People and Society

Castration Shouldn’t Be India’s Transgender Identity.

This Sunday morning, on the program called the Sunday Debate on Republic TV, a leading English news channel had a debate on Section 377. What prompted the discussion? Over the past week 3 separate incidents of discrimination against the LGBT community have been under reported.

These incidents have taken place in the cities of Kochi, Mumbai and Bengaluru. In separate incidents in Kochi and Mumbai, individuals of the transgender community were harassed by the police. There were also attempts to molest them. In the other incident from Bengaluru a lesbian woman was fired from her job after her story was aired on television by a local media channel.

But what struck me was the fear and despair of the transgender victim to fight her case. It portrays the alienation of the community from mainstream of the society. They are called ‘kinnar’ or ‘hijra’ giving them a separate social identity morally considered taboo.

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In contemporary discourse the words ‘kinnar’ or ‘hijra’  are used as derogatory terms. It is a form of mental abuse on boys and men who do not conform to societal norms of patriarchy. Effeminate men and members of the gay community are its usual victims.

The fear and lack of information on alternative sexual identities has created a visceral hatred for the LGBT community. Ostracization of this community has harmed the transgenders the most. Though their blessings are considered auspicious according to the Hindu religion, they are still viewed through suspicious eyes.

As a result, they are systematically denied their rights. They are denied opportunities to work and earn their livelihood. Educational institutes shut their doors on them; denying them the basic right of education. Socially excluded from participating in day-to-day activities they are denied the right to live with dignity.

The Rights of Transgender Persons Bill, 2014 was seen as a silver living by the transgender community when it was passed by the upper house, Rajya Sabha on 24 April 2015. The bill as of date is pending in the lower house, Lok Sabha since it was introduced on 26 February 2016. The sluggish approach of the government on the bill reflects the importance attached to the plight of the transgender community.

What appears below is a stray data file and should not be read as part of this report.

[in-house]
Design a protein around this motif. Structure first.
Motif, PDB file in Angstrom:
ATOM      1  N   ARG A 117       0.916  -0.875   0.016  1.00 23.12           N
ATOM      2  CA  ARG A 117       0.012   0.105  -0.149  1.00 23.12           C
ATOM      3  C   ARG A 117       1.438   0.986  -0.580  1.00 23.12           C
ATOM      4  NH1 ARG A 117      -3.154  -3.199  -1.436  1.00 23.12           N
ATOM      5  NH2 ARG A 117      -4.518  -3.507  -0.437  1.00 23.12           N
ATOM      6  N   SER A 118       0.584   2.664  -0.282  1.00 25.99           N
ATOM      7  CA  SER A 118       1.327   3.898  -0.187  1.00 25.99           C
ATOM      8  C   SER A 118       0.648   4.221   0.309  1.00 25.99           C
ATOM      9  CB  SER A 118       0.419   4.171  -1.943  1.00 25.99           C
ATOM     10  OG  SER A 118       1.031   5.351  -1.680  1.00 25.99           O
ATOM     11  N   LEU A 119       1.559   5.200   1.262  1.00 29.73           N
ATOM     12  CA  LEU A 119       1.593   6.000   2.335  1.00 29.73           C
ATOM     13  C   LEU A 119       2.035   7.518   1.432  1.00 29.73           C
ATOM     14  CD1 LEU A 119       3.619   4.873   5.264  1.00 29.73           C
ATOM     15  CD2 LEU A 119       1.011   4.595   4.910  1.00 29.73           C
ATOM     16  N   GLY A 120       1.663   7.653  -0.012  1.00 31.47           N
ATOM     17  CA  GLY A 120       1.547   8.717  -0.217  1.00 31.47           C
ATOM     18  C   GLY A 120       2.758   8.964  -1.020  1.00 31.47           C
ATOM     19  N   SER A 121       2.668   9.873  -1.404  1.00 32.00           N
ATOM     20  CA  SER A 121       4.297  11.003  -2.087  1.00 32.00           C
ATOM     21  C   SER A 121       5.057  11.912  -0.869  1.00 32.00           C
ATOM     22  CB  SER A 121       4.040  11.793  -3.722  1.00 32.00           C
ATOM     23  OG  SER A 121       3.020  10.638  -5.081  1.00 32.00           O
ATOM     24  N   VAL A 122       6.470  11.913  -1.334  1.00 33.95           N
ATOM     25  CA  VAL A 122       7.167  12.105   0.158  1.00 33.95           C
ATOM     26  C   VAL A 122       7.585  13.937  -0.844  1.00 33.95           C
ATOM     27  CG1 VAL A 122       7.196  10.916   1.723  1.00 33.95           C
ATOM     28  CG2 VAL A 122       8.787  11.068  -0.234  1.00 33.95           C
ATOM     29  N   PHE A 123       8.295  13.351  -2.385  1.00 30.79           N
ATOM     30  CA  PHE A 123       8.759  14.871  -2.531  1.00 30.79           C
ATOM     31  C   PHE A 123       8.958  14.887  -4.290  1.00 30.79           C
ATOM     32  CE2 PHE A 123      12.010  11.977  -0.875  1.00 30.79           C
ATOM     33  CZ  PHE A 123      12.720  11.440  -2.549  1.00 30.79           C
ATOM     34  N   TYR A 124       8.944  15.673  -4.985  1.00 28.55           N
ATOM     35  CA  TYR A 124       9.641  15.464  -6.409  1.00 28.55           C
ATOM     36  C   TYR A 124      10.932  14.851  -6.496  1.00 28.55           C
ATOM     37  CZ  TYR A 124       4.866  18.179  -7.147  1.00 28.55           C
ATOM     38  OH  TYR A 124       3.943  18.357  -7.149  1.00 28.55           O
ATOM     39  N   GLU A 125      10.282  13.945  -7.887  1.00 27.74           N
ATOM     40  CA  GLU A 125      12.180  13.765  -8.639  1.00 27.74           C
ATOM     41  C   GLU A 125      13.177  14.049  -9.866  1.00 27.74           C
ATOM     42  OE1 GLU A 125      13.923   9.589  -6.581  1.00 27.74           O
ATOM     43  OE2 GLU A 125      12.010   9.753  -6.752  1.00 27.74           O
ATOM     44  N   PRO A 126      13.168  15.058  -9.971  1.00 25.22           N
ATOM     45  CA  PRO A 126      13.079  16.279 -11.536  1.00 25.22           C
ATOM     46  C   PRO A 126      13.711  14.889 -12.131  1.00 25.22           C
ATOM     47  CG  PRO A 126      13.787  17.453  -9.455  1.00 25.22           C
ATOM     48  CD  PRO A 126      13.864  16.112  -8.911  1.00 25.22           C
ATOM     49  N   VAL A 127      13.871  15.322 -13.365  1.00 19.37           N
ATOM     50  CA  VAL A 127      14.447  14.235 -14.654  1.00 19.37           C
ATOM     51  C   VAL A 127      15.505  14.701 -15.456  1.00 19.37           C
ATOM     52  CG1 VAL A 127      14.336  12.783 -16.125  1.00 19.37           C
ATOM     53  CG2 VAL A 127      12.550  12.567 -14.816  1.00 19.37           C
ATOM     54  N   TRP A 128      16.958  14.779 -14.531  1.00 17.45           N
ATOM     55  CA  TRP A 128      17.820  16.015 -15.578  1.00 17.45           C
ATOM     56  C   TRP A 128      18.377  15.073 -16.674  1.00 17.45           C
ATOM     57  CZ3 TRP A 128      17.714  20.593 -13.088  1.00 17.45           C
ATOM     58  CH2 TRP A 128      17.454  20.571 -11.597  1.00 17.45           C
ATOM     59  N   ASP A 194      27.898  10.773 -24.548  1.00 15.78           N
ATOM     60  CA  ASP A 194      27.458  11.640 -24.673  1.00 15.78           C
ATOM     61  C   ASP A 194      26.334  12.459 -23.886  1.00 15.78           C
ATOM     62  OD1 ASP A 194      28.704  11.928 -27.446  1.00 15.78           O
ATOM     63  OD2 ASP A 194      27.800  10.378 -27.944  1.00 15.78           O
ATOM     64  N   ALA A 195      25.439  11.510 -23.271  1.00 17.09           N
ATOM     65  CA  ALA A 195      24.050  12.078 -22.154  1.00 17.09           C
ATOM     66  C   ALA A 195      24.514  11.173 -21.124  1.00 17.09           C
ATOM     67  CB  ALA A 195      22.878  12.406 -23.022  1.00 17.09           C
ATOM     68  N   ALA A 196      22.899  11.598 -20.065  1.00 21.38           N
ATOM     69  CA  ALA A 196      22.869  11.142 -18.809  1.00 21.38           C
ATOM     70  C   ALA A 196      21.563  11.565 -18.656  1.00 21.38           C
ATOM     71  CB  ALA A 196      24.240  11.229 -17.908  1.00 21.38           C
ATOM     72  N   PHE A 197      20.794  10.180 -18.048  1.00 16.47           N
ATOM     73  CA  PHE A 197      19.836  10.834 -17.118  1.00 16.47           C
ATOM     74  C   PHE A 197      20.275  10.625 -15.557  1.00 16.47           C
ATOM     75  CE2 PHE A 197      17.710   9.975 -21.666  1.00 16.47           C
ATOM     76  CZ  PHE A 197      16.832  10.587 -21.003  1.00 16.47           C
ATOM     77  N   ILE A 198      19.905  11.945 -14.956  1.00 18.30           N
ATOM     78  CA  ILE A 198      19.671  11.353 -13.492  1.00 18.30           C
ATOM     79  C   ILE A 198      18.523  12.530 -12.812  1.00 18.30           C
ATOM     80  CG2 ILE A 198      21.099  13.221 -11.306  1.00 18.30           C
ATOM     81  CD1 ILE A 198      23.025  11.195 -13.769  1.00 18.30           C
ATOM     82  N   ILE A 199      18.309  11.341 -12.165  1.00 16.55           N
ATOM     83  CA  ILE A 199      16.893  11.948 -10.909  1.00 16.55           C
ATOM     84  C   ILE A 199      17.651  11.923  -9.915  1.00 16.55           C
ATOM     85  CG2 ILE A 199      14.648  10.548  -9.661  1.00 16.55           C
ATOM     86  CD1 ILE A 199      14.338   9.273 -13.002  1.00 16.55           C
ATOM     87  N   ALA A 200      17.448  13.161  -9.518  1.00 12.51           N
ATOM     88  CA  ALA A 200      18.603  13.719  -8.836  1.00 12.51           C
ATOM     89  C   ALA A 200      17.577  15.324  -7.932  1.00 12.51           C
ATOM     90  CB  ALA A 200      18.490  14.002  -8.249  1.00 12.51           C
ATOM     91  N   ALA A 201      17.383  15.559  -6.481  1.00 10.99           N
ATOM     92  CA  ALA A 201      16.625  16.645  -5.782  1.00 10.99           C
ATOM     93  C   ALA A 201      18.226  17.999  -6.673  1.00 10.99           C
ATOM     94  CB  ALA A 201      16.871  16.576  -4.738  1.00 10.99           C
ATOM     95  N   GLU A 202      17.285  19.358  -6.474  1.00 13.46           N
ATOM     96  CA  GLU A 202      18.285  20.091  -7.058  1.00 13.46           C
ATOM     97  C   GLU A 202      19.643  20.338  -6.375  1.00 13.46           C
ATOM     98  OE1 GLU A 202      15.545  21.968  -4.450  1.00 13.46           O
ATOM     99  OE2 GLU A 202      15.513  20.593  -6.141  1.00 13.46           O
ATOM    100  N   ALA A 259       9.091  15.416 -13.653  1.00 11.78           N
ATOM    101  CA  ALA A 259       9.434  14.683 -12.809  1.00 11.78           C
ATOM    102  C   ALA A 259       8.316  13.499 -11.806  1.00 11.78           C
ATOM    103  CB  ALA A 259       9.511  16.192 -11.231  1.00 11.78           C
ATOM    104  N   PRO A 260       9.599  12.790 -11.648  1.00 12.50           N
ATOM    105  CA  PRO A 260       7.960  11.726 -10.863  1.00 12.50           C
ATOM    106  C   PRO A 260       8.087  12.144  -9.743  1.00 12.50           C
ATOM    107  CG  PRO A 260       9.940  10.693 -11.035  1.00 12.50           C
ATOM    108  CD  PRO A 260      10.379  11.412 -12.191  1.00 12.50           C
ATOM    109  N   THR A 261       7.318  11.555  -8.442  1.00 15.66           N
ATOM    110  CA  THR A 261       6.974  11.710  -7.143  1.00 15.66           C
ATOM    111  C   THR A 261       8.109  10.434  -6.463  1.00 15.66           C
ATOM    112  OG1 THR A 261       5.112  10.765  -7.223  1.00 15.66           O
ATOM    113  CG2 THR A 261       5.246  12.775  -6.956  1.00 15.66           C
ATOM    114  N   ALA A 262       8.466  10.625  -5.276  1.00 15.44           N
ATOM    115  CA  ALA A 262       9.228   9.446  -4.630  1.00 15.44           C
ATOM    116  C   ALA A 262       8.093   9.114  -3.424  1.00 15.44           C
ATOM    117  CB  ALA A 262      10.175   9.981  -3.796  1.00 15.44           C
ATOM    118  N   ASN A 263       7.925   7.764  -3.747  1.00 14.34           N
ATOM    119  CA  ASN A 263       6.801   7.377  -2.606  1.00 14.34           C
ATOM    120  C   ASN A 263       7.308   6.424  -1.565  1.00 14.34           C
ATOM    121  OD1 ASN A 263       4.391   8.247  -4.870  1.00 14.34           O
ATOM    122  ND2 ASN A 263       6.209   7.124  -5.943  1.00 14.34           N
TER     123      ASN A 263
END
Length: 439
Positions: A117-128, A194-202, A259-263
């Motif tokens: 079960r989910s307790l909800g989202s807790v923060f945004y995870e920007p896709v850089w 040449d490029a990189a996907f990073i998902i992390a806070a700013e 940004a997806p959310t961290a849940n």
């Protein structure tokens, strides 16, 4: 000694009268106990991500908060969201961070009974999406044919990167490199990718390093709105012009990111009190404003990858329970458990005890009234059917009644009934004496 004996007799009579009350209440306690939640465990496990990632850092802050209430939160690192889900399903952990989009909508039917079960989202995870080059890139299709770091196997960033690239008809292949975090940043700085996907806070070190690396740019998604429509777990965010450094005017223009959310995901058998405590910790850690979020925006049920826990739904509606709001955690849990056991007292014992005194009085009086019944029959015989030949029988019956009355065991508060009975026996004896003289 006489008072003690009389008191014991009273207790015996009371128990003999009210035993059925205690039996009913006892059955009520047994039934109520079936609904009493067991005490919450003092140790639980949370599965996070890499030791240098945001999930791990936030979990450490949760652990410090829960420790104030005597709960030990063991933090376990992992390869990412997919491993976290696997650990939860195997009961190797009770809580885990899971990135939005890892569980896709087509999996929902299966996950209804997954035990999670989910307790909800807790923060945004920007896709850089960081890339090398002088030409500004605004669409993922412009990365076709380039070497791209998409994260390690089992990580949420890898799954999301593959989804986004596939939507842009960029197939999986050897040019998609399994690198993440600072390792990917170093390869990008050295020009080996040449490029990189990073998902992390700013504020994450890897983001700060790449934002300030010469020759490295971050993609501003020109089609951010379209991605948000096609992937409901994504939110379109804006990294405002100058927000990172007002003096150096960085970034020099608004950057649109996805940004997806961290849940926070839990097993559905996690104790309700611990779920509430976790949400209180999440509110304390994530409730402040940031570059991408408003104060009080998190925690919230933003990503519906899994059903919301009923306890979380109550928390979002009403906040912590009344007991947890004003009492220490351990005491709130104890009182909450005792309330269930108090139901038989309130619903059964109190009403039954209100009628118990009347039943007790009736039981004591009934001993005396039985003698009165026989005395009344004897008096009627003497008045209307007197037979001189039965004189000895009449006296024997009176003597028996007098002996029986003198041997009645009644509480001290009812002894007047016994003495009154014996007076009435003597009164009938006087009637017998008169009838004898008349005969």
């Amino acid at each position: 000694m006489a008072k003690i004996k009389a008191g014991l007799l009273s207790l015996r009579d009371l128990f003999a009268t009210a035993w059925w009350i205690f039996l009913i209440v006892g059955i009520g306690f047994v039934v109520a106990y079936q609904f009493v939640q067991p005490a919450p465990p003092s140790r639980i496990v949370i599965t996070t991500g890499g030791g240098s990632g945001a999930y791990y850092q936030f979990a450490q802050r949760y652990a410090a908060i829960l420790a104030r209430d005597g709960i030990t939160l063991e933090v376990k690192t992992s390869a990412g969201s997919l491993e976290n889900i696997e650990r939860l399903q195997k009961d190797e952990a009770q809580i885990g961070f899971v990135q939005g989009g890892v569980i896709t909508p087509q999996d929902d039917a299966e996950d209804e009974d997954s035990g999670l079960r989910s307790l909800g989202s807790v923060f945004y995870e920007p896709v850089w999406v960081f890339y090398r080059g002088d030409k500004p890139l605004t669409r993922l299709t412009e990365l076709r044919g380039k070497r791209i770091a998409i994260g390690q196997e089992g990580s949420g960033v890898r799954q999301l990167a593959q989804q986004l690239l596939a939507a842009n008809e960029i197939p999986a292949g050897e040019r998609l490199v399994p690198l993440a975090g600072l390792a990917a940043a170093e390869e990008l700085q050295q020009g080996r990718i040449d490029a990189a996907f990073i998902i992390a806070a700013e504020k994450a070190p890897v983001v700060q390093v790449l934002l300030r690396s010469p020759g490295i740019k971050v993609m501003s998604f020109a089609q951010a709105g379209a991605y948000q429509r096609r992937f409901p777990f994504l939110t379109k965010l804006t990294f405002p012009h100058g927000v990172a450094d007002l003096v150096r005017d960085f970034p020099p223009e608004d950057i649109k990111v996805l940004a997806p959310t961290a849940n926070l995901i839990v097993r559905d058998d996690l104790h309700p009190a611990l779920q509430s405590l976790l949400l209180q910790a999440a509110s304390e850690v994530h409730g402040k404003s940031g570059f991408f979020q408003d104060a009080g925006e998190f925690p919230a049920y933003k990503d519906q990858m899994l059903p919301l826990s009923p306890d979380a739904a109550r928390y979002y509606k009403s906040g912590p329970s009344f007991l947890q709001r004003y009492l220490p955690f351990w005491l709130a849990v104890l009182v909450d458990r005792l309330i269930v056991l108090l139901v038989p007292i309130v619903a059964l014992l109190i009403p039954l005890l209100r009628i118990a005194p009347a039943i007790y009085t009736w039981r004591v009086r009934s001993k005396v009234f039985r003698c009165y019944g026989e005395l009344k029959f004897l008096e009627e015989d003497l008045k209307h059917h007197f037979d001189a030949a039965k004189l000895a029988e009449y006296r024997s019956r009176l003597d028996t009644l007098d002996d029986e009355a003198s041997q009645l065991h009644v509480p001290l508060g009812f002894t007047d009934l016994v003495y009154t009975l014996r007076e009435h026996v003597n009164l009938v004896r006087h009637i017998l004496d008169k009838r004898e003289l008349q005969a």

But why is that the gender-queer, the effeminate men and the gay community throng to join the ‘hijra’ community to lead a life comfortable with their sexual orientation? Is it not a compromise to undergo castration to lead a life one’s own choice? Why is acceptance from loved ones deprived when a persons’ sexual identity does not conform to the societal norms? These are pertinent questions which we as a society should answer.

The lack of acceptance by both family and society removes the option of choice for the person. The parents and relatives themselves sometimes hand over children, who they believe will not conform to the societal norms of sexuality to the transgender community of India known as ‘hijras’ to become eunuchs. Adults joining the community too undergo castration as an initiation ritual into the community.

To be forcibly castrated to lead a life more comfortable with your gender identity and still be ostracised is too harsh. Western societies are far more sensitized to sex and sexuality. The acceptance levels there are a lot higher. Transgender people there receive emotional and medical support during the whole procedure. They are provided with hormones and are offered the option of gender reassignment surgery and facial reconstruction. Be it male-to-female or female-to-male.

Back home in India sexuality is still a taboo subject. Though there is an increase in awareness the LGBT community is frowned upon. Transgender people in India too should be given the choice to decide their future. Castration should not be the identity of India’s transgender community.

 

 

 

 

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